Welcome to the Northern Virginia Writing Project’s 2016 Invitational Summer Institute! I’ll be blogging the demonstration lessons and the various activities occurring during our four-week duration. Find out more about the NVWP and the National Writing Project.
We kick off our final week of Summer Institute with Joanne Mann. She’s going to present to us on using “This I Believe” podcasts to elevate student voice. Can’t wait!
Joanne begins her demonstration by having us arrange ourselves along a value line as she reads us a series of affective statements such as “Violence is sometimes necessary,” “Everyone is basically good,” and “All students should be required to speak English.”
Quickwrite: Which one made you think the most? Did others’ positions influence where you stood?
“Love lasts forever” probably resonated with me the most. To begin with, I don’t believe in soul mates. For me love is something that’s built up over time through the accumulation of shared experiences and the continued rejection of outside threats. I also try to think about my family and spouse dying a few times a week. I started doing this after reading about it on a mindfulness website. As a way to remind myself of life’s impermanence and to truly live in the single moment. In one sense, love lasts forever because it, and the memory of it, can remain in someone’s mind. Time’s up!
Here are the objectives for today’s lesson:
We’re doing this for a few reasons. It helps students develop technology skills. It helps them to reflect on their voice and to understand that their voices matter.
We listen to a podcast on Muhammad Ali from Muhammad Ali. This is the first draft reading; we sit and take it in. After this Joanne passes out the transcript of the podcast. Ali discusses his confidence growing up and how Parkinson’s Disease has affected him. The story culminates in Ali holding the Olympic Torch at the 1996 summer games. As he felt his trembles take over he heard a thunderous ruckus storming down from the stadium. Terrific story.
Next we do our second draft reading, annotating the transcript as we listen again. We share out. I discuss how Ali’s story seems quintessentially American. The idea that will and determination can triumph over everything. Others mention that Ali must have experienced failure and disappointment, but he chooses to focus on the triumphant aspects.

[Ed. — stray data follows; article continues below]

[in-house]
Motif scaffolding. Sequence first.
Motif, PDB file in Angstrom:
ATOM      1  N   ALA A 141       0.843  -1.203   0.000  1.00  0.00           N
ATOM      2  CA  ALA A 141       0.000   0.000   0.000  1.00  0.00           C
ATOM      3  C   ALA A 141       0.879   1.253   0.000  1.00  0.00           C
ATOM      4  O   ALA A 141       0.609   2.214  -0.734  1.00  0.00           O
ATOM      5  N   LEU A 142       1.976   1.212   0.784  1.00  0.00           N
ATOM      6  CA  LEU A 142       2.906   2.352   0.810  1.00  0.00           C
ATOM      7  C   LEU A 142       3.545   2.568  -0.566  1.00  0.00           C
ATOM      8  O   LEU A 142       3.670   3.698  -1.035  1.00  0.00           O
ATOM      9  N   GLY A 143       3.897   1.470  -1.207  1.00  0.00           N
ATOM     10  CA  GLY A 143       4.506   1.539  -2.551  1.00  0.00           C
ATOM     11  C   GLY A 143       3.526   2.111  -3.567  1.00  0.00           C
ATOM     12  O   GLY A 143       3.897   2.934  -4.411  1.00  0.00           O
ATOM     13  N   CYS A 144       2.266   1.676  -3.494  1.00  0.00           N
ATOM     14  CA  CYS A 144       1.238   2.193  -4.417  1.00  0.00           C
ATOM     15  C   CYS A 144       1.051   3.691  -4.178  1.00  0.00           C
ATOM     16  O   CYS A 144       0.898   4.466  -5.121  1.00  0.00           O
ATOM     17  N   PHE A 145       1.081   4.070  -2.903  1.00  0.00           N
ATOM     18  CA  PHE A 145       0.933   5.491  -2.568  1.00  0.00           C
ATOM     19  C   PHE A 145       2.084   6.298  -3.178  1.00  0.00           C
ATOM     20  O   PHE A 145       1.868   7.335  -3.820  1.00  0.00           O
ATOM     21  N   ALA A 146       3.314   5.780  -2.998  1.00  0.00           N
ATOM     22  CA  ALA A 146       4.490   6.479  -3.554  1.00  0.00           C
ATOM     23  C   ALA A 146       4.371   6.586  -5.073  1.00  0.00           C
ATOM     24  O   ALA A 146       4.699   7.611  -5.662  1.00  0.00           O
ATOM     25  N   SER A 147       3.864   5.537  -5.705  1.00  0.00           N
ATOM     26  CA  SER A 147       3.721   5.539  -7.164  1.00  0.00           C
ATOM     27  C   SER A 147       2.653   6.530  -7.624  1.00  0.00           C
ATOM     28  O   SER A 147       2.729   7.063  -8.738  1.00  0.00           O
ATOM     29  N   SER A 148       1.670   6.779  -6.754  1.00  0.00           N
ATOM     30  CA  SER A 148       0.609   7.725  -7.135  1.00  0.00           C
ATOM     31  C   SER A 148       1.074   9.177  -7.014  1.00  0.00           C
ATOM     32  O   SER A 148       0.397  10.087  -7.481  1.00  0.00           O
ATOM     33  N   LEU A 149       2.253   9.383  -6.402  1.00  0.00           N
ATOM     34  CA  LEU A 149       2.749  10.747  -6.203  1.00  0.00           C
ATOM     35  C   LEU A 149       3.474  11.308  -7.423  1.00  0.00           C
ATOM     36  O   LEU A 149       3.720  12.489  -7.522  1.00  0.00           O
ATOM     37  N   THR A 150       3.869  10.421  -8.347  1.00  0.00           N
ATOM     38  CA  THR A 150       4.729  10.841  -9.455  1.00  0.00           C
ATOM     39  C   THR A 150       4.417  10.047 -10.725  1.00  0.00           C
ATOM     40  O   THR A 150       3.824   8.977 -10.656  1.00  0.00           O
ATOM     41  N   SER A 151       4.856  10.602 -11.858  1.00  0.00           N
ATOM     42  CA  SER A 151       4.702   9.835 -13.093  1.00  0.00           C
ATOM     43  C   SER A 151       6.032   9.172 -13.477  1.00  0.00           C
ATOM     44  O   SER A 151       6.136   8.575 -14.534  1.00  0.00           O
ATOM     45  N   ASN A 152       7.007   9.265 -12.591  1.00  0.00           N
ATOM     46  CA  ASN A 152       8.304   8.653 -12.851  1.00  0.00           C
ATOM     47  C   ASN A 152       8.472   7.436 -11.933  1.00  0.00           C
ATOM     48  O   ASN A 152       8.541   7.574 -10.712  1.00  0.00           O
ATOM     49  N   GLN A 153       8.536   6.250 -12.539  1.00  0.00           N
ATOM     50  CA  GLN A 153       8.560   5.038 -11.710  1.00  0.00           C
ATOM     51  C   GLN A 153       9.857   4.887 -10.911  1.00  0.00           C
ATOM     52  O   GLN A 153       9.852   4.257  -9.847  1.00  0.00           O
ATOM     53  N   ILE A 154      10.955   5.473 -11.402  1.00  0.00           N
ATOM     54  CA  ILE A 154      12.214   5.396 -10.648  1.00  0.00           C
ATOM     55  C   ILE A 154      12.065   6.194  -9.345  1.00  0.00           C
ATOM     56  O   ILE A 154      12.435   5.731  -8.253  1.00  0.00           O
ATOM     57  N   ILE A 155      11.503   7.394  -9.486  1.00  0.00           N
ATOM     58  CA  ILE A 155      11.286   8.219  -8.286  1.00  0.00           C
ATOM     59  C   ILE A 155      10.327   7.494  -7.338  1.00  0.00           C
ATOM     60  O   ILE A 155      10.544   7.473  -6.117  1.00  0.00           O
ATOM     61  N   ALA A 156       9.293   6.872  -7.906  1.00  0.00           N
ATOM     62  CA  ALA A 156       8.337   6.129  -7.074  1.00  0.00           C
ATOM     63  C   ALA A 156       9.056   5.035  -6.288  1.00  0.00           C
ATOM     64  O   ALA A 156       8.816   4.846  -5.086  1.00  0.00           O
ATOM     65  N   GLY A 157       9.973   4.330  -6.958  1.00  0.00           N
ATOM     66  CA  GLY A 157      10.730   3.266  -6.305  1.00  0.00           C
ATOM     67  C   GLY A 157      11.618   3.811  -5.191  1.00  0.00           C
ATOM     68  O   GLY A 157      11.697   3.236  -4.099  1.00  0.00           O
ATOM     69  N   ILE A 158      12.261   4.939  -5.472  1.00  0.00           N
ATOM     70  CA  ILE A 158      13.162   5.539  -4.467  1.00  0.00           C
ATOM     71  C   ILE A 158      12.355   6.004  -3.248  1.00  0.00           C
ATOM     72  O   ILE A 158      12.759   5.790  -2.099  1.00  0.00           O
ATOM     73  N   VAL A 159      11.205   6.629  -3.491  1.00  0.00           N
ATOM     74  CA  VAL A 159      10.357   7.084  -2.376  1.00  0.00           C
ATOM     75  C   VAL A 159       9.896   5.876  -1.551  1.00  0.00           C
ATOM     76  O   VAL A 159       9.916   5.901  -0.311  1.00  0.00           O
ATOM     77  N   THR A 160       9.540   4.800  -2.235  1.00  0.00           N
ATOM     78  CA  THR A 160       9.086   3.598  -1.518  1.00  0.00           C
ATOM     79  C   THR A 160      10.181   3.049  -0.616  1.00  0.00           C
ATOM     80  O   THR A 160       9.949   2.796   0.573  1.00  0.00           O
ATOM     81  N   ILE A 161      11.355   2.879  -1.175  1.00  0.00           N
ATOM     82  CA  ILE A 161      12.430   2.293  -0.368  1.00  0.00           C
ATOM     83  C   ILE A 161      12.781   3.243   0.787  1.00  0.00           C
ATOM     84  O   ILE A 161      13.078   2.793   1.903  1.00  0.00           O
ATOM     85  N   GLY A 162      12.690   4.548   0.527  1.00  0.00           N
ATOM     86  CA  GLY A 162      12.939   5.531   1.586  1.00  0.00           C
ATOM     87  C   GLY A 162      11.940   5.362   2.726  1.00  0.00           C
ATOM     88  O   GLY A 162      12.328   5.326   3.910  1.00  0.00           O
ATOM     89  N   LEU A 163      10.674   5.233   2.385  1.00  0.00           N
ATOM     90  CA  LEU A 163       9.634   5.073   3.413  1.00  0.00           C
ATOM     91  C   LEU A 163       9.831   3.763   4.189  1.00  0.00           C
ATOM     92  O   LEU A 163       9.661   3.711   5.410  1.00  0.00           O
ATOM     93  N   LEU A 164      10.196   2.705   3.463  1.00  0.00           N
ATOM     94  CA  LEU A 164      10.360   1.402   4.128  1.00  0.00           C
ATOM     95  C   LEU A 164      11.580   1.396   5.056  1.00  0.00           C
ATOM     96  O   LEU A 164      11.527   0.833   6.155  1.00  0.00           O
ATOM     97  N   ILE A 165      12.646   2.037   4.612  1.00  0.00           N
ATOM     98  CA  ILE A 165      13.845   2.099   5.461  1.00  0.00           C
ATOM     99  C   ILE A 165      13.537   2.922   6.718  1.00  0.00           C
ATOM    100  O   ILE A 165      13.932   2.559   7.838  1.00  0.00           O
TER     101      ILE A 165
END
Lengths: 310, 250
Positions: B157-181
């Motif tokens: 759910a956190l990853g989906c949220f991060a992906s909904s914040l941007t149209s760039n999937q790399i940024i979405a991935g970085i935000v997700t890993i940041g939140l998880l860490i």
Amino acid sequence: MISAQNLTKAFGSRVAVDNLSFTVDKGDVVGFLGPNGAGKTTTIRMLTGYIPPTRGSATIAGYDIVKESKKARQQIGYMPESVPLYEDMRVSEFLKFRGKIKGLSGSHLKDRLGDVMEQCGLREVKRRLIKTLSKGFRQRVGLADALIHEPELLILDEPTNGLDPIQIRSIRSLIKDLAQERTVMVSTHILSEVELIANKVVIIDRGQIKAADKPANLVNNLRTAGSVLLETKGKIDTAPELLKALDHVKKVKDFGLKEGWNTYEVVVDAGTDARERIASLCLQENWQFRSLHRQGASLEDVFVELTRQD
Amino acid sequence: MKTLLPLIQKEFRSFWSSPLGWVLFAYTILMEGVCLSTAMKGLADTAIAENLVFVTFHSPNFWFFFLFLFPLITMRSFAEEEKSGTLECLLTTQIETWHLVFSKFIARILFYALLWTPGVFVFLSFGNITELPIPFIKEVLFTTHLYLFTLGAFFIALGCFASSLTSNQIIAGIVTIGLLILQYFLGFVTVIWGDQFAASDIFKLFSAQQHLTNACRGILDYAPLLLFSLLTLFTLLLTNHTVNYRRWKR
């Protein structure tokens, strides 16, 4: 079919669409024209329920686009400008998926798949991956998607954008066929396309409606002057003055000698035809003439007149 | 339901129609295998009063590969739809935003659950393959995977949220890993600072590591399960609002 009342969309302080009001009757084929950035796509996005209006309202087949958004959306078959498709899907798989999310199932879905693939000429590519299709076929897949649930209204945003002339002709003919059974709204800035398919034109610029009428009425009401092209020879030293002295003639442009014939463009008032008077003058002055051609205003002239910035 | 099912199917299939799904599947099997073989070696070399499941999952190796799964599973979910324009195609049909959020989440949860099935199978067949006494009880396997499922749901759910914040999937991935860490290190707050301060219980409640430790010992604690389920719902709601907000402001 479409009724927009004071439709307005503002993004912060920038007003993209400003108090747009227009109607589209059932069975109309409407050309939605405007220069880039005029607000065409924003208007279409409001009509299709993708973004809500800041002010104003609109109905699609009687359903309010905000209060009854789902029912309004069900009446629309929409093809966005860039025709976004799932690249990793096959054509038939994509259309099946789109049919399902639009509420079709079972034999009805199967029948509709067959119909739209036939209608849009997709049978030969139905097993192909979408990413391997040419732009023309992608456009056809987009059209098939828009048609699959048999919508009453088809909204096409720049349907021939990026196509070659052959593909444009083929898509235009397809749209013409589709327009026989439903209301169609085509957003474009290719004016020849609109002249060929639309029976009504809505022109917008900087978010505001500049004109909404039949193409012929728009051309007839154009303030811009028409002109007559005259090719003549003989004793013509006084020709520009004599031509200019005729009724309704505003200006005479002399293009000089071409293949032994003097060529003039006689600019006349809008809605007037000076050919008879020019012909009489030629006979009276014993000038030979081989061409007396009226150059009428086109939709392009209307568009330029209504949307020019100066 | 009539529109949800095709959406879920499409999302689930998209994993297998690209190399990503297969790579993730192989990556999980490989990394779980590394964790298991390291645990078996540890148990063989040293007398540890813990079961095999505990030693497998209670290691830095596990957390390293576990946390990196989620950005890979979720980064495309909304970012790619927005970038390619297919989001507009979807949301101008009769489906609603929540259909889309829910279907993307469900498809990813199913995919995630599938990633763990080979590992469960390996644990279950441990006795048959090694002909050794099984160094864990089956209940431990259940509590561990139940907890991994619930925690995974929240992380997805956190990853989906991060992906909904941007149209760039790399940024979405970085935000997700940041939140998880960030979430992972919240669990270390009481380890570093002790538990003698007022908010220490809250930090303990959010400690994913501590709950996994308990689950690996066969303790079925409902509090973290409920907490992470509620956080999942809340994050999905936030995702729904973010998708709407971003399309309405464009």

Then we create categories to make observations on about the text and fill them in on the following sheet. She runs is through two examples first (the guided release model) before having us work with our partner:
We come up with categories like theme, details, and structure/organization. After sharing out Joanne has us turn out attention towards another podcast. We have a few to choose from. I choose “A Grown-Up Barbie” from Jane Hamill (all of these come from the This I Believe book). I read it and analyze it for structure, theme, and details. I also jot down anything I notice about the piece. Joanne’s methodology here fits in with the type of model-based analysis currently popular among secondary English teachers.
Now that we’ve listened to a podcast, read two transcripts, and discussed both it’s time for us to create one ourselves.
So, what do we believe? Why do we believe it? What happened to us that created that belief? How has it been reinforced? She passes out a planner (I love planners, btw! I know they’re frowned upon in some circles – and I get it – but my attention deficient brain finds them extremely useful in organizing my thinking). Here’s what I come up with.
After completing the planner we spend time crafting our own brief “This I Believe” essay. The ultimate goal is to then record them using free software (such as the Voice Memos app which comes installed on every iPhone). Let’s give it a shot!
“Honey. This is ridiculous,” my wife said, frowning down at my desk with her hands on her hips. I had to agree with her. My massive white desk, once cramped with books and papers, was now completely obscured by composition text books, histories of education, and expensive books on pedagogy.”
Crud! Out of time!
Joanne ends our lesson by playing a couple examples from her students. Outstanding!